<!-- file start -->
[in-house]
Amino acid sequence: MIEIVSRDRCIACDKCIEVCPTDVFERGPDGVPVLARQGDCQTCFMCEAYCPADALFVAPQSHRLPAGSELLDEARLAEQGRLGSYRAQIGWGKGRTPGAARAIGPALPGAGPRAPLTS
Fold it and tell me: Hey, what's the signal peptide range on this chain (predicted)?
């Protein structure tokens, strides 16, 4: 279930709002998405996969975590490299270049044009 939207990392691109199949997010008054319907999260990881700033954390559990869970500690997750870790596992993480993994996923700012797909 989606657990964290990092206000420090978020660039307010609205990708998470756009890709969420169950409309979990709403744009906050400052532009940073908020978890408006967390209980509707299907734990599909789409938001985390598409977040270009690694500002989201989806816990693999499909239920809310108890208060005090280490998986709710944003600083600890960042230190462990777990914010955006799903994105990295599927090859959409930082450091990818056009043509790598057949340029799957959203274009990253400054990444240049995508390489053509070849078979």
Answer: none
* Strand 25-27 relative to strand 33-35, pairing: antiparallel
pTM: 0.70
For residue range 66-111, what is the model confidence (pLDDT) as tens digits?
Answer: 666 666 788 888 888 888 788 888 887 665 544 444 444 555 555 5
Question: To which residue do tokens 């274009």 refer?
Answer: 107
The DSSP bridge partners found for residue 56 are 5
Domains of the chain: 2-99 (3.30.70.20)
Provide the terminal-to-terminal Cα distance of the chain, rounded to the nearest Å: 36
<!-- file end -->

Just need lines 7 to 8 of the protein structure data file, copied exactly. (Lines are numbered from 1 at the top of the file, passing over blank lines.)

pTM: 0.70
For residue range 66-111, what is the model confidence (pLDDT) as tens digits?